Consider the following sentences:
“I will revert back to you by email.”
“Kindly revert back.”
“I have sent you a message. Please revert to me as early as possible.”
I come across all the above sentences, and their other similar versions, on a regular basis, mostly at my workplace, sometimes otherwise. The moment I hear the word ‘revert’ used in this manner, it rings a bell in my head. The question that comes is, is this usage correct?
English is a funny language. New words get added in the ‘official’ Oxford English Dictionary (OED) on a daily basis. The word ‘Selfie’ is one such recent and renowned phenomenon. As per the same Oxford English Dictionary, the word ‘revert’ has three usages. Revert as a noun, a verb, and an adjective.
The most common usage, the usage as depicted above, and the usage which is in the scope of this discussion, is the usage of ‘revert’ as a verb.
As a verb, ‘revert’ is a combination of re – “back” and vertere – “to turn”. (The word versus also comes from vertere). As a verb, ‘revert’ goes back to 11th century AD where it was first reported to be used in the French language as revertir meaning to come to oneself again. It has been used widely over the last 9 centuries in multiple European languages like Latin (reverto), Spanish (reverter), Italian (revertere), and Portuguese (reverter). Its meaning and usage from then on has been: to return, to go back, to turn around, or to return to a former condition, state, practice, subject, or belief.
A quick search on the internet and one will find that all other major online dictionaries will give the meaning of the word ‘revert’ mainly as: to return to a former condition or state.
On a quick inspection, none of the above sentences (or many others used in common language these days) use ‘revert’ in this sense. We are essentially using the word ‘revert’ to mean: To reply. This brings us to two important questions.
1. Is using ‘revert back’ grammatically correct?
2. Is using ‘revert’ itself in this manner grammatically correct?
Let’s look at them one by one.
Using Revert Back
Since the word ‘revert’ already contains a re- prefix which inevitably means back, I don’t think adding a back again after revert makes sense. It is an unnecessary repetition which would mean: to go back back, which is pointless. Besides, we use other words with a re- prefix without a back following them. Consider these:
• Revise: I am revising the syllabus, rather than, I am revising back the syllabus
• Reuse: Please reuse a pen with a by refilling it to avoid wastage, rather than, Please reuse back a pen with a by refilling it to avoid wastage
• Repair: I am repairing my bicycle, rather than, I am repairing back my bicycle
Looking at the above cases, and many other similar cases, we can safely establish that adding back after a word which has a re- prefix is redundant.
Conclusion: revert back is grammatically incorrect.
Now let’s look at the second case.
Using Revert to mean Reply
These cases are much more common in the spoken language. The interesting thing is that spoken English varies greatly from country to country, and changes when people of different native tongues speak English. Some common examples of this trend are:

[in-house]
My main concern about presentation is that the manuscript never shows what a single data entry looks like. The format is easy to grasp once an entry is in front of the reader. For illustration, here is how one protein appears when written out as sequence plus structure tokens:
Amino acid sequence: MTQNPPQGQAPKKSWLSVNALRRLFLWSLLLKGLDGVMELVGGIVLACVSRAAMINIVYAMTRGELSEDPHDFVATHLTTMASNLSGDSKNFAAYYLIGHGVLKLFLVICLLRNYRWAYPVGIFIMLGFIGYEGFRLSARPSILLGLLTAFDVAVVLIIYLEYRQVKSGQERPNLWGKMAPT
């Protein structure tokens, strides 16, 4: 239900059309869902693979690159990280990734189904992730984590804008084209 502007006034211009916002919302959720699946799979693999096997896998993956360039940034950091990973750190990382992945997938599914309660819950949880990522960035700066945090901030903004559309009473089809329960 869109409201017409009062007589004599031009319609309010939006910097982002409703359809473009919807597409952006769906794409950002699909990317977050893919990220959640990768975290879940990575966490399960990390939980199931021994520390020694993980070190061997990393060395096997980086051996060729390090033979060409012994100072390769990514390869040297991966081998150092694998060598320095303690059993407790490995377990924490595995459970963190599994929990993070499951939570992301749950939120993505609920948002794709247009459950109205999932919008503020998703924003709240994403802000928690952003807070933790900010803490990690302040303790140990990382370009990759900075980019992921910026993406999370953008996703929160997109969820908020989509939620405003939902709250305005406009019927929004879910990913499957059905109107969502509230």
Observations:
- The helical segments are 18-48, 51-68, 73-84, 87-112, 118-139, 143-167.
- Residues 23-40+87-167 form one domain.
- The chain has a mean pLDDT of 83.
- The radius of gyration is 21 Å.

• Native Hindi speakers conversing in English: Hinglish
• Native Singaporeans conversing in English: Singlish
• Native Malaysians conversing in English: Minglish (self-made, but you get the point!)
Further, considering that India itself is the home of more than 100 languages, the possibilities are endless.
Although unclear, it is believed that this usage of the word ‘revert’ seems to have been originated in India (using the word ‘reply’ seems less glamorous for lawyers and white collared professionals). The usage then migrated to the US, Malaysia, Singapore and many other parts of the world.
Considering the fact that a majority of English speaking population (in numbers) live in these areas of the world, one New York Times article (published in 2010) stated that the Oxford dictionary has revised (not revised back!) the meaning of the word ‘revert’ to: To reply. I was unable to find any other evidence supporting this conclusion and hence can’t conclude if what they mentioned is correct or not.
Further, majority of other native English speakers – the British, the Australians, and many Americans are yet to accept this meaning of the word ‘revert’.
So what to conclude? Are we using the word ‘revert’ correctly or not?
Considering that the official Oxford English Dictionary has not accepted the usage of the word ‘revert’ to mean ‘to reply’, according to me, it is incorrect to use it with this meaning as yet.
So until the official meaning of the word changes, here are a few correct usages of the word ‘revert’:
• When ice melts, it reverts to water.
• I reverted to Hinduism five years ago.
• He reverted to his native language.
• The editor asked the journalist to revert to the previous version of the story.
Here are a few incorrect usages with their correct versions:
Incorrect: I will revert back to you by email.
Correct: I will respond to you by email.
Incorrect: Kindly revert back.
Correct: Kindly reply.
Incorrect: I have sent you a message. Please revert to me as early as possible.
Correct: I have sent you a message. Please reply as early as possible.
P.S. Using ‘reply back’ is as redundant as ‘revert back’.